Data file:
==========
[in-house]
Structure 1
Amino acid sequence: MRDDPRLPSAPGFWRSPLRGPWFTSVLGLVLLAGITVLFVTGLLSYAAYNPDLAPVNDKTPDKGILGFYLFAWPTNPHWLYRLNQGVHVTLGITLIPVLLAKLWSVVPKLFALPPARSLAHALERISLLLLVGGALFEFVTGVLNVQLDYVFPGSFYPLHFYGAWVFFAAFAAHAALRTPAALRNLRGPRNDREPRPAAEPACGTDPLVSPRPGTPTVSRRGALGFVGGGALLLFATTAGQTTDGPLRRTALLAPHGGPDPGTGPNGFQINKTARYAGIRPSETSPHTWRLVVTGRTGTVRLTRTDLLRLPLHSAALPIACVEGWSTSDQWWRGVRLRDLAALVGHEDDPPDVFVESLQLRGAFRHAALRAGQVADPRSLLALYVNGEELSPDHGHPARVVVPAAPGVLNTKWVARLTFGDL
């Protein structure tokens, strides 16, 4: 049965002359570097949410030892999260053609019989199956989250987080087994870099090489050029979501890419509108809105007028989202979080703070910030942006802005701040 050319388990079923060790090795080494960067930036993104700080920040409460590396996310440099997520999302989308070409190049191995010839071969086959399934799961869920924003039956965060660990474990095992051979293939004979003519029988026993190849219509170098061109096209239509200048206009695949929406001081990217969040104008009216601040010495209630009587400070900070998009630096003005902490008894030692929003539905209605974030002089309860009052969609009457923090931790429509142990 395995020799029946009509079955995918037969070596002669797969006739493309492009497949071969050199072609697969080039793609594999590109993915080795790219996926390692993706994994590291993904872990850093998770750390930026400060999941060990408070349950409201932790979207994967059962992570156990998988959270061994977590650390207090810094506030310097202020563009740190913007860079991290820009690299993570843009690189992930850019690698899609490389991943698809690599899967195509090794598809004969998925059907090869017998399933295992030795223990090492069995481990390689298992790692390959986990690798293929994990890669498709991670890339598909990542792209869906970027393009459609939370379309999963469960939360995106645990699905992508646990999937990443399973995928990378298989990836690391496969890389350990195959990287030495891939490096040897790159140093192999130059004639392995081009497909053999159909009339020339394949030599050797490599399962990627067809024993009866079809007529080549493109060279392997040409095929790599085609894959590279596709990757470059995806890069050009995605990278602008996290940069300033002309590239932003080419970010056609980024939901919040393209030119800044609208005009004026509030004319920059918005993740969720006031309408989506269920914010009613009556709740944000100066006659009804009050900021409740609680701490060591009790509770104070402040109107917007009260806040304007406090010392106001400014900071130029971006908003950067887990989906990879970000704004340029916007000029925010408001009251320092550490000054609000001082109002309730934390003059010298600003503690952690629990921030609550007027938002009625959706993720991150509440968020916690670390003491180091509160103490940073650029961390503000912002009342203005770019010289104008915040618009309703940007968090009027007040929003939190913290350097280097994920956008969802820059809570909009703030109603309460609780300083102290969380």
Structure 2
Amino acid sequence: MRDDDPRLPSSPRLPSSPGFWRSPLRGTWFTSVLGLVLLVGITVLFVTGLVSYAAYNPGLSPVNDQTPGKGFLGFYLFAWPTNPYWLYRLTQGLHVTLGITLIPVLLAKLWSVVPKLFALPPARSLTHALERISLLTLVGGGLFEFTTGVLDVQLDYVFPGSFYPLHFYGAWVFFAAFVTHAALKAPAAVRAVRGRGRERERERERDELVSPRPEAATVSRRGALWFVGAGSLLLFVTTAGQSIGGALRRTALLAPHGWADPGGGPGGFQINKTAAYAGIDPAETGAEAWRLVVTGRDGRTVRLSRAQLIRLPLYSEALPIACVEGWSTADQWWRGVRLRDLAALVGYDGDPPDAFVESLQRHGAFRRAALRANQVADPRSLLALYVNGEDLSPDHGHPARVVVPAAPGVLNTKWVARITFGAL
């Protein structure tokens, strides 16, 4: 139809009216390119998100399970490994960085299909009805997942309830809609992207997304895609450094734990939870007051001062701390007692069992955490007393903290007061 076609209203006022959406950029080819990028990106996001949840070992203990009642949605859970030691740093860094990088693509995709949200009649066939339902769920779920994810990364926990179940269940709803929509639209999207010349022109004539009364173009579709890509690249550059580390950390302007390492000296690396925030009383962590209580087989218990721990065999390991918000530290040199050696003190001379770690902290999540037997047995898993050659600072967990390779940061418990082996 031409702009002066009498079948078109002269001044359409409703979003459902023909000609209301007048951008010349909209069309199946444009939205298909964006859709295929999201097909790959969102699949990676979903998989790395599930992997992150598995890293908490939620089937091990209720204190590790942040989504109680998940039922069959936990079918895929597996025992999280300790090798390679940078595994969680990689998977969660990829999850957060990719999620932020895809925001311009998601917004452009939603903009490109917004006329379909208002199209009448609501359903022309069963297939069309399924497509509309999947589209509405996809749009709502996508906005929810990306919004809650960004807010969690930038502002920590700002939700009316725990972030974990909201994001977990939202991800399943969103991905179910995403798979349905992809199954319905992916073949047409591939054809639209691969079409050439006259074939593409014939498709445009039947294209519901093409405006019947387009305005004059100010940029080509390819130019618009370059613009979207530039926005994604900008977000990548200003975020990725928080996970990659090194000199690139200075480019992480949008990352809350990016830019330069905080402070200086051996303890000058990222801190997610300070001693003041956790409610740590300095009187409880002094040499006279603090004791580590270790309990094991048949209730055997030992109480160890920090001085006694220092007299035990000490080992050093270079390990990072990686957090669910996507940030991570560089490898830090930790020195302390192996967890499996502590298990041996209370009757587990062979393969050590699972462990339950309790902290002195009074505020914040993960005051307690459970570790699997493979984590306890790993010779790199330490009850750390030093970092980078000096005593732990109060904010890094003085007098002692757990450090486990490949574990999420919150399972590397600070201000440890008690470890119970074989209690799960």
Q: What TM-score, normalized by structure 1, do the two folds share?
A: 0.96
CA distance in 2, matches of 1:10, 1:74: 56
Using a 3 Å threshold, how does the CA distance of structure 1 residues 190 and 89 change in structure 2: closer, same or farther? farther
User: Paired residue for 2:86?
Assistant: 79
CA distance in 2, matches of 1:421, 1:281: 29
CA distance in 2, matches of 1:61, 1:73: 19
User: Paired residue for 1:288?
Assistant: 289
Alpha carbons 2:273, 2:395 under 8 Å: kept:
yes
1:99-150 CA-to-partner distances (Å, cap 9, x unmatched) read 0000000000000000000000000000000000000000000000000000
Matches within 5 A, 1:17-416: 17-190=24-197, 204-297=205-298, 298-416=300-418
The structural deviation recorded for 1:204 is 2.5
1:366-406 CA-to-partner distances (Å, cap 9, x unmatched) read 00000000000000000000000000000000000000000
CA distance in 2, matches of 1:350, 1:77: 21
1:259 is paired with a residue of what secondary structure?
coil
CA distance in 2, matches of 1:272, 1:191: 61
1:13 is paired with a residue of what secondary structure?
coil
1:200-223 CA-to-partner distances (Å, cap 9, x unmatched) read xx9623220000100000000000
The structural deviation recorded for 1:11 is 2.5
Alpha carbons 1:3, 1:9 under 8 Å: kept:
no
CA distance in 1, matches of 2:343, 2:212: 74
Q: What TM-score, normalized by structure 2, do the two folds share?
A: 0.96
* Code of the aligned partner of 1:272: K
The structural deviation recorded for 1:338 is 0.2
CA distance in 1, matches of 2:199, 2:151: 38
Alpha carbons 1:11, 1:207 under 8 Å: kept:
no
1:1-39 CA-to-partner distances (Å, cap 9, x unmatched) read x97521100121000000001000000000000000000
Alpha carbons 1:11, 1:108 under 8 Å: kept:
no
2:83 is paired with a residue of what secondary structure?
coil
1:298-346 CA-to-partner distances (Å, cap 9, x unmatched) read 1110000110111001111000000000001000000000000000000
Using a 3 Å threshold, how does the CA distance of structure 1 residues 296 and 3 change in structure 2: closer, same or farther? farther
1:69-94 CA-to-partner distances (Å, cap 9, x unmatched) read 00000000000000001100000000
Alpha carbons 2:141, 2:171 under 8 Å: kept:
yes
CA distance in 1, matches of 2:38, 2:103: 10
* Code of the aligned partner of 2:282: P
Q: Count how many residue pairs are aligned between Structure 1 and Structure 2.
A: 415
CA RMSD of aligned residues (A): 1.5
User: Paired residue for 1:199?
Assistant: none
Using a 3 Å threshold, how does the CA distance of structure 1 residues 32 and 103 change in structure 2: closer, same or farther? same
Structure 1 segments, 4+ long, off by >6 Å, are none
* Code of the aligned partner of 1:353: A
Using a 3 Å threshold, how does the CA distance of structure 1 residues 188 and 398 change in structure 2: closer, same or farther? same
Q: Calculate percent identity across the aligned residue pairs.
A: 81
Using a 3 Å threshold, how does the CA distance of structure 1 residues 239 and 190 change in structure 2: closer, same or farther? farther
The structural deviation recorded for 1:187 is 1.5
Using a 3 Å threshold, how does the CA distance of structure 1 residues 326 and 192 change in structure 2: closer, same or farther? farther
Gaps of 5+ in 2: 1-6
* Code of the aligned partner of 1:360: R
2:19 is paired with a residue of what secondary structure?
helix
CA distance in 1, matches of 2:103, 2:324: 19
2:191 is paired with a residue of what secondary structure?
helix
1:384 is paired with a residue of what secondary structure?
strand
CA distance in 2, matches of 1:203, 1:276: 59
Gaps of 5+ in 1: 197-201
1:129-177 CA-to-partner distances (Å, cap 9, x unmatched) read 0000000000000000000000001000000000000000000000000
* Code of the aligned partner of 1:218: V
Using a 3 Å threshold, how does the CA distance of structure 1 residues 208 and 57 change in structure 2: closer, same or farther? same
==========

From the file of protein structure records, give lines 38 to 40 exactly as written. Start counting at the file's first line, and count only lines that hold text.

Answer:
The structural deviation recorded for 1:338 is 0.2
CA distance in 1, matches of 2:199, 2:151: 38
Alpha carbons 1:11, 1:207 under 8 Å: kept: